Books by Melissa Bowersock

Tuesday, July 5, 2016

Consider the Criticism

Nobody likes getting criticism, at least nobody I know. It’s painful. It’s debilitating. It’s confidence-destroying.
I think it’s pretty normal to want to dismiss criticism out of hand. Bah, what do they know? They haven’t published 15 books. They haven’t been in this business for over 30 years.
The other alternative is to take it all together as a soul-crushing package and think your work is terrible. Who were you kidding? You can’t write. Look at that critique. It’s over. Done with.
Not so fast. There’s a middle road. There’s a demilitarized zone somewhere in the middle where you can walk safely between hubris and defeat.
Consider the criticism.
I know it’s not easy, but take every single comment, every single critique, and hold it up to your story, like holding up two typewritten pages, one on top of the other, to the light of a window. See how the criticism lines up with what you’ve written. Does it make sense? Is it valid? Does it make a point? If it doesn’t, then you haven’t lost anything by considering it. If it does, then you stand to gain. If the truth is that the criticism has hit its mark, that’s to your benefit.
I am reminded of an excellent book called The Wanderground: Stories of the Hill Women (1979 Sally Miller Gearhart).It’s a wonderful bit of feminist utopian literature about a time when women have broken away from civilization, gone out into the wilderness to live without men and without men’s aggressions and  intrusions. There’s one point in the book where two characters are at loggerheads. A mediating cooler head asks them, “Would you be willing to yield?” Not, “Would you yield?” but only, “Would you be willing to yield?” Would you consider it? Would you be open to the possibility? Just being willing to yield opens the door to all manner of options, all manner of conversations, all manner of communications and resolutions. It’s a first step. From there, you may step forward, or you may step back. But you’re not locking yourself out of any options.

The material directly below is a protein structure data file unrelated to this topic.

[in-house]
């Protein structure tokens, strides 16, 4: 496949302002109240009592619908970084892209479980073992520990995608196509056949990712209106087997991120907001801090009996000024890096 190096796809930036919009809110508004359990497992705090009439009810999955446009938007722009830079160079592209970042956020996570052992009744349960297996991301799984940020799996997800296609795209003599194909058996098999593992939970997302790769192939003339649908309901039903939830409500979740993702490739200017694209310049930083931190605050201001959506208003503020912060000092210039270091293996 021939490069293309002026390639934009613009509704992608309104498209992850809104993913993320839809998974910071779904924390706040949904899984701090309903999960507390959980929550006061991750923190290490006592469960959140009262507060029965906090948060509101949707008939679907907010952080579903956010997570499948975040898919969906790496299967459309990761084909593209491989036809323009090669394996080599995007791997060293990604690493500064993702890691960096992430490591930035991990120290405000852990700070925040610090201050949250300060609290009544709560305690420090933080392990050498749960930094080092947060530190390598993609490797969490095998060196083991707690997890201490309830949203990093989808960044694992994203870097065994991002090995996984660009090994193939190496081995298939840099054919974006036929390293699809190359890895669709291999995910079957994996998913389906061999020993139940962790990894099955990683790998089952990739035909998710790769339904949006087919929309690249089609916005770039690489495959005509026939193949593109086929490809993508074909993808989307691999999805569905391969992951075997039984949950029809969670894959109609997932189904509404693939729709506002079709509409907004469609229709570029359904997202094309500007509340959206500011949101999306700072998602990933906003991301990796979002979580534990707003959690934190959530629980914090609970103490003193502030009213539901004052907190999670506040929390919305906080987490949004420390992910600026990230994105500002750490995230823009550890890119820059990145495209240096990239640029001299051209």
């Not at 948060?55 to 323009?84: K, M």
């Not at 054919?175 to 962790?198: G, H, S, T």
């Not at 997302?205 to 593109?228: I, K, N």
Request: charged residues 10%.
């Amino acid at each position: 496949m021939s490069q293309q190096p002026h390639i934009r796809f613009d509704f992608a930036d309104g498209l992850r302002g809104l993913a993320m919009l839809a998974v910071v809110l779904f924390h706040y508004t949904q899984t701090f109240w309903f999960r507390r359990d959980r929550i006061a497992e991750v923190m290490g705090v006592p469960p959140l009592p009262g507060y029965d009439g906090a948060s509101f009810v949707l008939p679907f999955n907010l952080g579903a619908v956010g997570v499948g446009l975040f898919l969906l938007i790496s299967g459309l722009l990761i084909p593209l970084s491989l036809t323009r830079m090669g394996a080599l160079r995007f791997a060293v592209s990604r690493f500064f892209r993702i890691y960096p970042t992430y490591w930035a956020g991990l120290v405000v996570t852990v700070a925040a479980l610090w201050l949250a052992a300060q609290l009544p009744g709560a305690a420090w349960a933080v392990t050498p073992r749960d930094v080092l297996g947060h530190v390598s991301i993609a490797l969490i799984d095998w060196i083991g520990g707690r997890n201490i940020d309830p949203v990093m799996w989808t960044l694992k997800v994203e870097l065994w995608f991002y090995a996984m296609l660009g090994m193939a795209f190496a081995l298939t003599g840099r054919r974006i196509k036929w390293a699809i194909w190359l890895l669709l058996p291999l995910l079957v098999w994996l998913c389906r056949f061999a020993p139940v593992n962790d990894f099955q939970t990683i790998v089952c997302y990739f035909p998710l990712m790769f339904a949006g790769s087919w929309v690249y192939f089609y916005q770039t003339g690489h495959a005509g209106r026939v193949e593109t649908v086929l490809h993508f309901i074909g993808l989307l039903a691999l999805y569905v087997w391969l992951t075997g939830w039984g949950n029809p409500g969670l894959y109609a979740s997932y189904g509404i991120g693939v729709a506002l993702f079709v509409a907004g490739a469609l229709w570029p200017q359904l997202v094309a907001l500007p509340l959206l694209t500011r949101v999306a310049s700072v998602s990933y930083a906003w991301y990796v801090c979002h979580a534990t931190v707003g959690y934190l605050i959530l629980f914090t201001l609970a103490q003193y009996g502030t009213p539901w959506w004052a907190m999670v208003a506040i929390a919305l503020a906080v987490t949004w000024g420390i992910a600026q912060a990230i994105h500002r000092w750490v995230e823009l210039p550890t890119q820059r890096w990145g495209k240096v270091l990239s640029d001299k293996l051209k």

One point to remember: bad spelling and bad punctuation are never okay. If you’ve got mispelt werds and incorret puntuation, in your book, you’re making the reader work twice as hard to figure out what you’re trying to say when they should be gliding along on your words. This is one area that I would say is non-negotiable. If the mistakes are in there, and someone has been good enough to bring them to your attention, fix ‘em.
The rest of criticism is grayer, less black and white. However, if you get the same reaction from more than one reader, you might want to take a good long look at that aspect. If more than one beta-reader or reviewer says they had trouble following your dialog, understanding your characters’ motivation or feeling empathy for them, you might want to revisit that. One of the largest disadvantages to being a writer is having the entire story (including backstory) in your brain, while you’re only parceling out bits and pieces to the reader. Sometimes it’s hard to know if you’re giving the reader enough or too much. If you’re getting frequent complaints about similar issues, look closely at that. Please.
Consider it.
Then, after all that, you’re the final authority. Only you know what the story is, where it goes, what it wants to say. Only you know what your characters want, need.
I once had a publisher try to change the way my main character spoke. The character repeated herself. It could be annoying. She had very low self-esteem, very low self-confidence, and she felt she needed to justify every decision she made. The way she spoke embodied the way she felt, deep down in her soul.
But I considered what my publisher said. I imagined changing the dialog. I imagined my character not being quite such a pleading doormat.
It didn’t work.
The style of her speech told us who she was. It revealed, in its tentative way, how she felt inside, what drove her. It showed us who she was.
I didn’t change it. But I did consider it. And that same publisher made some other suggestions for changes with which I did agree. I’ve gotten to the point that I find myself comfortably taking roughly half of the suggestions given to me.
Getting criticism is never fun, but it really could be doing you a favor. Criticism just could be the grit that polishes your work to a brilliant shine.
Have the guts to be willing to yield.

Originally published by Indies Unlimited on July 29, 2014.

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